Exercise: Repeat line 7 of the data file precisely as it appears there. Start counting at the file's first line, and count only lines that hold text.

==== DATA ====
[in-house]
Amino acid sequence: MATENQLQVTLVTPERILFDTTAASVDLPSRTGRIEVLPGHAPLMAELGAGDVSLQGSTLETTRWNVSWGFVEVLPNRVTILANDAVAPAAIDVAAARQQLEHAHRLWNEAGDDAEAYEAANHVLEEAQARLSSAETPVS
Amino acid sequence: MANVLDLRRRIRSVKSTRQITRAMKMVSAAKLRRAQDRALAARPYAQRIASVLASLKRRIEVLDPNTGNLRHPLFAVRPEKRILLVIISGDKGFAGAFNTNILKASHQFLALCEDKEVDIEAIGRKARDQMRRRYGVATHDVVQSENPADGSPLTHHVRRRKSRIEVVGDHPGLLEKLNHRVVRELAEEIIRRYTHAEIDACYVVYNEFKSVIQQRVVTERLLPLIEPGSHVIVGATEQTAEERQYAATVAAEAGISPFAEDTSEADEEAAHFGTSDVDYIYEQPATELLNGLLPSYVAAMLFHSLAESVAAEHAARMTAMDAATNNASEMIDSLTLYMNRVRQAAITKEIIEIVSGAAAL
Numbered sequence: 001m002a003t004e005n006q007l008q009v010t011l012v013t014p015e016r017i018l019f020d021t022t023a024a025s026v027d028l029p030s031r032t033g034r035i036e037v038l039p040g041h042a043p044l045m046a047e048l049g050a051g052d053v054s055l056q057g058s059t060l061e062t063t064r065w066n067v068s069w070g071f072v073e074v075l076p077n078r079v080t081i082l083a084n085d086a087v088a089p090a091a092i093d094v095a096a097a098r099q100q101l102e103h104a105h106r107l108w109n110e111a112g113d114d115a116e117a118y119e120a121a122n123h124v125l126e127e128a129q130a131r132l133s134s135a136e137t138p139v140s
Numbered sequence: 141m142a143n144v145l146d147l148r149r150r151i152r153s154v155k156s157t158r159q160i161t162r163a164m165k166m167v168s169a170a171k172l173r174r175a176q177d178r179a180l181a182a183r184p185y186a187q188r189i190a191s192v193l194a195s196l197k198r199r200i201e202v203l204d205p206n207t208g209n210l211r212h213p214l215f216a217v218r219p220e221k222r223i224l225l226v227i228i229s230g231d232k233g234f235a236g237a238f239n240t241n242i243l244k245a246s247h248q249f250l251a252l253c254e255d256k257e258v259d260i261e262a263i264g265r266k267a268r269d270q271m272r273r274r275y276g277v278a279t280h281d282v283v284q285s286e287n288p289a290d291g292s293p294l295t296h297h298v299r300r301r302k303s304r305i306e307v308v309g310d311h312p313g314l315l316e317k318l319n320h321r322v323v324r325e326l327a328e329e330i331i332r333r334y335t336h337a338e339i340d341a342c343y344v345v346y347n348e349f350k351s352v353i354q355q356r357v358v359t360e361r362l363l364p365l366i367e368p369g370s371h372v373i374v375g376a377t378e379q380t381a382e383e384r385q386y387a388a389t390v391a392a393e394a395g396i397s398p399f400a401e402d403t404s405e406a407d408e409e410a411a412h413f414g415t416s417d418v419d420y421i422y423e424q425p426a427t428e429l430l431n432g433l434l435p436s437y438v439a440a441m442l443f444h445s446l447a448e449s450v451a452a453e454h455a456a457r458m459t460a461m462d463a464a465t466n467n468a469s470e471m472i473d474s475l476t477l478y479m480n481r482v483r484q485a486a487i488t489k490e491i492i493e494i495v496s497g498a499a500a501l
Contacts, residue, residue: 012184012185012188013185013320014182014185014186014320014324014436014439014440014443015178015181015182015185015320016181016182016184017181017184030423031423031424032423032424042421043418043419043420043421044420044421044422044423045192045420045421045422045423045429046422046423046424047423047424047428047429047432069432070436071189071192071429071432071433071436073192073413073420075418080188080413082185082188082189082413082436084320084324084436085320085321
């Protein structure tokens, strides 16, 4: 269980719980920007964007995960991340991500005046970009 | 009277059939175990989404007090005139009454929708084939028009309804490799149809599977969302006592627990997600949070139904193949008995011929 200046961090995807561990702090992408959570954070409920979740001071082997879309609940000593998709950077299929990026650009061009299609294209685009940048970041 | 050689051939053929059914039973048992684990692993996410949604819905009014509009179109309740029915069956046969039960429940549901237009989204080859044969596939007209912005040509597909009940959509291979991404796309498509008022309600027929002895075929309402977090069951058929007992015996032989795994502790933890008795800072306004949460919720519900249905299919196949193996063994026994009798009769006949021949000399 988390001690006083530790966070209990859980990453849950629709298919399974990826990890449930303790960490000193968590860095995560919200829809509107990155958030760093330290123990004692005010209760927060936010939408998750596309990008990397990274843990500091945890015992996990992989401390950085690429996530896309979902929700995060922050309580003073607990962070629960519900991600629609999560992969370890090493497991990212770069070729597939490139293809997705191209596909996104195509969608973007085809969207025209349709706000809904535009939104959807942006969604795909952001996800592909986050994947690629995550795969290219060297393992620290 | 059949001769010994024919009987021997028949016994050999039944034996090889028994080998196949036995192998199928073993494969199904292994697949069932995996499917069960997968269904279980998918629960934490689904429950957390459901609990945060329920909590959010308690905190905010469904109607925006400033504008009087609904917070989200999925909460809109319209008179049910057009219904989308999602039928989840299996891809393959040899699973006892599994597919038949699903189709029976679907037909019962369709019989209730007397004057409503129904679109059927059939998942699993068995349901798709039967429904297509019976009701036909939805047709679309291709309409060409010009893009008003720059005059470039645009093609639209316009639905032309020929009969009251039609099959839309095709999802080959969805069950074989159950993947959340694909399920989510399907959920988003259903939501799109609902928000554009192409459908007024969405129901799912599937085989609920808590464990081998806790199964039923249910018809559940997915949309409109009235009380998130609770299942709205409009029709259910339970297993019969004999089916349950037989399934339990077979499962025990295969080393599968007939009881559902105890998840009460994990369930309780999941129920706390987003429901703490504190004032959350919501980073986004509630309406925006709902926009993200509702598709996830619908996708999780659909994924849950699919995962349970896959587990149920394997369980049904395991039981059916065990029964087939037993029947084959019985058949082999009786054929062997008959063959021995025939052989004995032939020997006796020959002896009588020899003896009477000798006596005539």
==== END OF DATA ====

């Protein structure tokens, strides 16, 4: 269980719980920007964007995960991340991500005046970009 | 009277059939175990989404007090005139009454929708084939028009309804490799149809599977969302006592627990997600949070139904193949008995011929 200046961090995807561990702090992408959570954070409920979740001071082997879309609940000593998709950077299929990026650009061009299609294209685009940048970041 | 050689051939053929059914039973048992684990692993996410949604819905009014509009179109309740029915069956046969039960429940549901237009989204080859044969596939007209912005040509597909009940959509291979991404796309498509008022309600027929002895075929309402977090069951058929007992015996032989795994502790933890008795800072306004949460919720519900249905299919196949193996063994026994009798009769006949021949000399 988390001690006083530790966070209990859980990453849950629709298919399974990826990890449930303790960490000193968590860095995560919200829809509107990155958030760093330290123990004692005010209760927060936010939408998750596309990008990397990274843990500091945890015992996990992989401390950085690429996530896309979902929700995060922050309580003073607990962070629960519900991600629609999560992969370890090493497991990212770069070729597939490139293809997705191209596909996104195509969608973007085809969207025209349709706000809904535009939104959807942006969604795909952001996800592909986050994947690629995550795969290219060297393992620290 | 059949001769010994024919009987021997028949016994050999039944034996090889028994080998196949036995192998199928073993494969199904292994697949069932995996499917069960997968269904279980998918629960934490689904429950957390459901609990945060329920909590959010308690905190905010469904109607925006400033504008009087609904917070989200999925909460809109319209008179049910057009219904989308999602039928989840299996891809393959040899699973006892599994597919038949699903189709029976679907037909019962369709019989209730007397004057409503129904679109059927059939998942699993068995349901798709039967429904297509019976009701036909939805047709679309291709309409060409010009893009008003720059005059470039645009093609639209316009639905032309020929009969009251039609099959839309095709999802080959969805069950074989159950993947959340694909399920989510399907959920988003259903939501799109609902928000554009192409459908007024969405129901799912599937085989609920808590464990081998806790199964039923249910018809559940997915949309409109009235009380998130609770299942709205409009029709259910339970297993019969004999089916349950037989399934339990077979499962025990295969080393599968007939009881559902105890998840009460994990369930309780999941129920706390987003429901703490504190004032959350919501980073986004509630309406925006709902926009993200509702598709996830619908996708999780659909994924849950699919995962349970896959587990149920394997369980049904395991039981059916065990029964087939037993029947084959019985058949082999009786054929062997008959063959021995025939052989004995032939020997006796020959002896009588020899003896009477000798006596005539």